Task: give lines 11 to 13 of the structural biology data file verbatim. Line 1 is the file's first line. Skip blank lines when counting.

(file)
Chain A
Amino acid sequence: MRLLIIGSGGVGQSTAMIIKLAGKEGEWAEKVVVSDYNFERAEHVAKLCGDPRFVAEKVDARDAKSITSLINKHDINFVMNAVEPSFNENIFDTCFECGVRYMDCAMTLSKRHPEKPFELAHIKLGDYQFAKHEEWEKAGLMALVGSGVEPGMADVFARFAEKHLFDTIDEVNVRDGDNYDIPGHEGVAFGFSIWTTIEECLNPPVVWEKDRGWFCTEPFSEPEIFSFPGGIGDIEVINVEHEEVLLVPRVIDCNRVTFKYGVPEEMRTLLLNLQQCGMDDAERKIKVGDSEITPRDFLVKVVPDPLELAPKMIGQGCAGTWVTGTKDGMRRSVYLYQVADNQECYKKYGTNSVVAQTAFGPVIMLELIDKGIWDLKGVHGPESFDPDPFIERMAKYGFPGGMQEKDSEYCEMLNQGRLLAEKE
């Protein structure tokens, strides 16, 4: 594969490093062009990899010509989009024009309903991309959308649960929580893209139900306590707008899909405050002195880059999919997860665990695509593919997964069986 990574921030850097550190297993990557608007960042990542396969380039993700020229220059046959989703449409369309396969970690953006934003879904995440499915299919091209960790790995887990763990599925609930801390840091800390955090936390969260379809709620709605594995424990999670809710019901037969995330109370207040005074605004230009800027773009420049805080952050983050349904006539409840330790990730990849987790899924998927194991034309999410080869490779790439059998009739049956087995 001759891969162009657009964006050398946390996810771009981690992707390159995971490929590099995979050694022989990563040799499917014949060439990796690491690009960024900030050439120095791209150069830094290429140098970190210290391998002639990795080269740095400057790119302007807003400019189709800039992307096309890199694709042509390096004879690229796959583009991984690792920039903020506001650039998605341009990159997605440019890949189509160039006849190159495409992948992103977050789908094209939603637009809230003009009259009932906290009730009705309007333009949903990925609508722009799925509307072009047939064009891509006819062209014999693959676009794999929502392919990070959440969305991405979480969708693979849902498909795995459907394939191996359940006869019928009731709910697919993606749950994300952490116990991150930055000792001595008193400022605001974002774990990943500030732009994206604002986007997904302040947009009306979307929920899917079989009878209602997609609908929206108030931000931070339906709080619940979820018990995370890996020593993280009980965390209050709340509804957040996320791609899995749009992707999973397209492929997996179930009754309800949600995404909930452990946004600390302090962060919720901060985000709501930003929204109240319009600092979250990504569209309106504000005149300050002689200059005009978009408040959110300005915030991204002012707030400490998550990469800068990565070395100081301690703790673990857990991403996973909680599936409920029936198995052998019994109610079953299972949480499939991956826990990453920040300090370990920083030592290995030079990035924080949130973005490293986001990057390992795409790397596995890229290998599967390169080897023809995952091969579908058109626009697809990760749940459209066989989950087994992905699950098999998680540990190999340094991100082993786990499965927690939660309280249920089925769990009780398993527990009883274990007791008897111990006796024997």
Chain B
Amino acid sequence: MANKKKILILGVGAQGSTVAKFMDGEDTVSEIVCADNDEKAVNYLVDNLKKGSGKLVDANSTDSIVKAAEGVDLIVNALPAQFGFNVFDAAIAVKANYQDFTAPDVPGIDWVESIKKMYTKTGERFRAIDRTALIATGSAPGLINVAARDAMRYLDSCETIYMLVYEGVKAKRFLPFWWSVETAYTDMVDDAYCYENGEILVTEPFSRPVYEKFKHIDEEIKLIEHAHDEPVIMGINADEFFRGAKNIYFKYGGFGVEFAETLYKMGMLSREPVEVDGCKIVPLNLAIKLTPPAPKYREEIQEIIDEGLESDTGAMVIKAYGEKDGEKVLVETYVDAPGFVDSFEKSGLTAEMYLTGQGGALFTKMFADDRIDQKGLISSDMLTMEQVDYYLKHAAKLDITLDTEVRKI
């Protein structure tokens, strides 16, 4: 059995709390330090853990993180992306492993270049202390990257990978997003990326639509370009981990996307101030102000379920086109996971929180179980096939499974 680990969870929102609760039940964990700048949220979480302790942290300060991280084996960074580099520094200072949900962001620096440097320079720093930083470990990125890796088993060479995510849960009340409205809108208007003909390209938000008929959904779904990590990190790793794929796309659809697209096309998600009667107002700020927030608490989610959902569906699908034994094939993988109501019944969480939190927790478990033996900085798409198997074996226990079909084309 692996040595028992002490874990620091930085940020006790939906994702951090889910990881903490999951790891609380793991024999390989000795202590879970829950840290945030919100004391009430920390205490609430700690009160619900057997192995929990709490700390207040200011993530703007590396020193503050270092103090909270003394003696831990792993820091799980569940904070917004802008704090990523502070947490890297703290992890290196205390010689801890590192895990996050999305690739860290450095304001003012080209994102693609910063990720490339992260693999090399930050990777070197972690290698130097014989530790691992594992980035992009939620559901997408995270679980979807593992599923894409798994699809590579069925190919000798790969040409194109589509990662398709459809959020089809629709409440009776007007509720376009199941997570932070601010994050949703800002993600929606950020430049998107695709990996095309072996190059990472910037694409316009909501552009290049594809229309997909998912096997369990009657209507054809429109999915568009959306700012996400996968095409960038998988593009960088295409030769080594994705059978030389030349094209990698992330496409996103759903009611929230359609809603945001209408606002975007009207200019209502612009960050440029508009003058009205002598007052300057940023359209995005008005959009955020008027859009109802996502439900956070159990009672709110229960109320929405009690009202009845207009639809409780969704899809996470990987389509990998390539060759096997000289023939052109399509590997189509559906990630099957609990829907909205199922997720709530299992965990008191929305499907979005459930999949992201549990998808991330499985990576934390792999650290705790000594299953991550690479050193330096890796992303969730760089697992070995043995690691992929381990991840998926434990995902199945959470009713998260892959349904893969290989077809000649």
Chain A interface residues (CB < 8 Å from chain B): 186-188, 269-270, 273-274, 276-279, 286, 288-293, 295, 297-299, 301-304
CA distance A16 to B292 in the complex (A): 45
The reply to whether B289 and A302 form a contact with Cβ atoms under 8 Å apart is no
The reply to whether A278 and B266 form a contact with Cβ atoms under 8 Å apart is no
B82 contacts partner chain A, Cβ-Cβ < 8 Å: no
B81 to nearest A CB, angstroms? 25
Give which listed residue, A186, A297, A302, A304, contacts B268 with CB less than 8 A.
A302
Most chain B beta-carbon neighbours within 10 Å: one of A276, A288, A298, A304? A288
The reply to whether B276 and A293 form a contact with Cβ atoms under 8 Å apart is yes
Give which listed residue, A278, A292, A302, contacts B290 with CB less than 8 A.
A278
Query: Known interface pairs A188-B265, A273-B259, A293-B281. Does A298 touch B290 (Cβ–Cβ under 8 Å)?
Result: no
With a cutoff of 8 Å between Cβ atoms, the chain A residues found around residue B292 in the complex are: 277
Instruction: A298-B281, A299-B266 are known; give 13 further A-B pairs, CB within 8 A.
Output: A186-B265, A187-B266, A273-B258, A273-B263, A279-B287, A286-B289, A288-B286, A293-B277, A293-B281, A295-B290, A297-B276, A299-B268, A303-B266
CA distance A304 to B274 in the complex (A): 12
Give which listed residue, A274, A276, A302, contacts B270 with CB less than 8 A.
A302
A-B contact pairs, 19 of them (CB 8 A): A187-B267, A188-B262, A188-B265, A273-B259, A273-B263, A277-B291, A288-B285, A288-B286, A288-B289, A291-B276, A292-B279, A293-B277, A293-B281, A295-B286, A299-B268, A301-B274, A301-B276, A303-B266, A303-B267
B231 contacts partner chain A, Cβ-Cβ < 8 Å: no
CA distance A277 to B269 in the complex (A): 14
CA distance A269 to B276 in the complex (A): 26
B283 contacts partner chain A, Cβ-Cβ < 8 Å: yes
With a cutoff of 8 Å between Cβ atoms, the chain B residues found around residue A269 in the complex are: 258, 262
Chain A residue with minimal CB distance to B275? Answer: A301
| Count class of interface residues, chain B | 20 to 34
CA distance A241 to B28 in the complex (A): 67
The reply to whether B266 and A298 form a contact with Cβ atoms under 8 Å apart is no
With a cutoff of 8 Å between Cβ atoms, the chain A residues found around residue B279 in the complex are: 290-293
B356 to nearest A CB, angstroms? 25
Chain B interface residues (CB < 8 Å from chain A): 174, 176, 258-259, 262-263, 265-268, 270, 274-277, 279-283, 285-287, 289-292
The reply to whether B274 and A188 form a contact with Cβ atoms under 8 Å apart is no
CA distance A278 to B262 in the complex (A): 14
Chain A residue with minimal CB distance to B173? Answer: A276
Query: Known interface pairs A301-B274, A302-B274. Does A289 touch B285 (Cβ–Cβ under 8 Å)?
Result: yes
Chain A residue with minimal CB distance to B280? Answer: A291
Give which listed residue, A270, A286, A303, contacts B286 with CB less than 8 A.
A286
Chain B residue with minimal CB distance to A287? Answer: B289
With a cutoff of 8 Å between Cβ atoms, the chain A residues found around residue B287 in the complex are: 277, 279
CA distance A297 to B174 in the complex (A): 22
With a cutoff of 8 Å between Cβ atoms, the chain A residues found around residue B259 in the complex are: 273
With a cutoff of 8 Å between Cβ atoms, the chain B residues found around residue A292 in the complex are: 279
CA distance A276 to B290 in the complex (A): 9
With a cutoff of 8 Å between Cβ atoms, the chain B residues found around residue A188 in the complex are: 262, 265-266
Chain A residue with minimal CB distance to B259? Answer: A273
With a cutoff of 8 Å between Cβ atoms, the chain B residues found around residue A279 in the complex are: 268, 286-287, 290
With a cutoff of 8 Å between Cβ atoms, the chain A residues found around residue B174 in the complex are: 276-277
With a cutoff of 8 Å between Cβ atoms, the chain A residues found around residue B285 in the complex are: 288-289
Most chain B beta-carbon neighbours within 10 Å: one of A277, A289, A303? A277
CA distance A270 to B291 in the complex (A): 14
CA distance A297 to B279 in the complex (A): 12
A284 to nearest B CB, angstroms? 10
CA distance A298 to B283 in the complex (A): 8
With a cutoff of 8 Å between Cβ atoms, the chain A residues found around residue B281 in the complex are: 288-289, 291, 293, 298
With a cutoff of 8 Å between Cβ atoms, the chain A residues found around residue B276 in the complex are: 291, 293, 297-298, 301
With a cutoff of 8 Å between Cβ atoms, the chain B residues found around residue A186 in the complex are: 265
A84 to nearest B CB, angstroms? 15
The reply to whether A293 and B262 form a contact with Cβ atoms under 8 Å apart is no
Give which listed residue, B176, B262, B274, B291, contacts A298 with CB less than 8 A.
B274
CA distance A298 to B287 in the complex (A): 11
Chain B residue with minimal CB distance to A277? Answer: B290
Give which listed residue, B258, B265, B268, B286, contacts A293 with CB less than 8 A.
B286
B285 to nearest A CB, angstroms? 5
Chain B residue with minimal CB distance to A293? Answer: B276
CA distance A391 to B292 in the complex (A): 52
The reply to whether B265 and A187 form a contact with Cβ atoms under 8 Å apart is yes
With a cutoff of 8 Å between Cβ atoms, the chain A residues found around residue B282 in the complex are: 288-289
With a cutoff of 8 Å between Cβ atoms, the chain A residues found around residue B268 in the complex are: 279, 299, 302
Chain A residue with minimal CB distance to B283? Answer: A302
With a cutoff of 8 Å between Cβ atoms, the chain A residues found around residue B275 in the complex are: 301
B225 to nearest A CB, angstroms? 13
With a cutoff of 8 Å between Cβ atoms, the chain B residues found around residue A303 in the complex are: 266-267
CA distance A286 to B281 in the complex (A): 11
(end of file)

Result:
B82 contacts partner chain A, Cβ-Cβ < 8 Å: no
B81 to nearest A CB, angstroms? 25
Give which listed residue, A186, A297, A302, A304, contacts B268 with CB less than 8 A.